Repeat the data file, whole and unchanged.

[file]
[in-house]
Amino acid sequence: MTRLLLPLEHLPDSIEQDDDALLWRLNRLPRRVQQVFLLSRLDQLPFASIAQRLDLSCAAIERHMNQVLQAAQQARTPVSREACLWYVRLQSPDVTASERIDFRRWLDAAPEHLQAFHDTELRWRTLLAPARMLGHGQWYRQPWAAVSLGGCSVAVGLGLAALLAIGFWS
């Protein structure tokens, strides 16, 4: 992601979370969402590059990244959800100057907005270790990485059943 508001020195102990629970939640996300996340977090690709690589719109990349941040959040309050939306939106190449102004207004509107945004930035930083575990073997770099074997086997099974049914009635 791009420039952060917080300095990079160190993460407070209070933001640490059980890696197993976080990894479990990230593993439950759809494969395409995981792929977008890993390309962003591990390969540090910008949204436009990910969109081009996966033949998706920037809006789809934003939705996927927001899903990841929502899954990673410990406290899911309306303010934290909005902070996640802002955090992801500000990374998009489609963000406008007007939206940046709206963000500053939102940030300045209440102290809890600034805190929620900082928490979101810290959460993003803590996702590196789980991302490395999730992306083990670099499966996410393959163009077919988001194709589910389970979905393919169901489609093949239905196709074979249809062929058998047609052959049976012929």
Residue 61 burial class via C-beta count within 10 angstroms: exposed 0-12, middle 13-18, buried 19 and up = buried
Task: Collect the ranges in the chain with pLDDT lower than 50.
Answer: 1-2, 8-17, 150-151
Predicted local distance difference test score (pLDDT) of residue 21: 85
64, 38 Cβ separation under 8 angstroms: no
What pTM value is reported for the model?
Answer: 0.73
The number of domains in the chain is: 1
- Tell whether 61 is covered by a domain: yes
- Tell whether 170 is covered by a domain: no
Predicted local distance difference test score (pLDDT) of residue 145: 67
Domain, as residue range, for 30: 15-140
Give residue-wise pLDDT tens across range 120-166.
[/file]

[in-house]
Amino acid sequence: MTRLLLPLEHLPDSIEQDDDALLWRLNRLPRRVQQVFLLSRLDQLPFASIAQRLDLSCAAIERHMNQVLQAAQQARTPVSREACLWYVRLQSPDVTASERIDFRRWLDAAPEHLQAFHDTELRWRTLLAPARMLGHGQWYRQPWAAVSLGGCSVAVGLGLAALLAIGFWS
């Protein structure tokens, strides 16, 4: 992601979370969402590059990244959800100057907005270790990485059943 508001020195102990629970939640996300996340977090690709690589719109990349941040959040309050939306939106190449102004207004509107945004930035930083575990073997770099074997086997099974049914009635 791009420039952060917080300095990079160190993460407070209070933001640490059980890696197993976080990894479990990230593993439950759809494969395409995981792929977008890993390309962003591990390969540090910008949204436009990910969109081009996966033949998706920037809006789809934003939705996927927001899903990841929502899954990673410990406290899911309306303010934290909005902070996640802002955090992801500000990374998009489609963000406008007007939206940046709206963000500053939102940030300045209440102290809890600034805190929620900082928490979101810290959460993003803590996702590196789980991302490395999730992306083990670099499966996410393959163009077919988001194709589910389970979905393919169901489609093949239905196709074979249809062929058998047609052959049976012929």
Residue 61 burial class via C-beta count within 10 angstroms: exposed 0-12, middle 13-18, buried 19 and up = buried
Task: Collect the ranges in the chain with pLDDT lower than 50.
Answer: 1-2, 8-17, 150-151
Predicted local distance difference test score (pLDDT) of residue 21: 85
64, 38 Cβ separation under 8 angstroms: no
What pTM value is reported for the model?
Answer: 0.73
The number of domains in the chain is: 1
- Tell whether 61 is covered by a domain: yes
- Tell whether 170 is covered by a domain: no
Predicted local distance difference test score (pLDDT) of residue 145: 67
Domain, as residue range, for 30: 15-140
Give residue-wise pLDDT tens across range 120-166.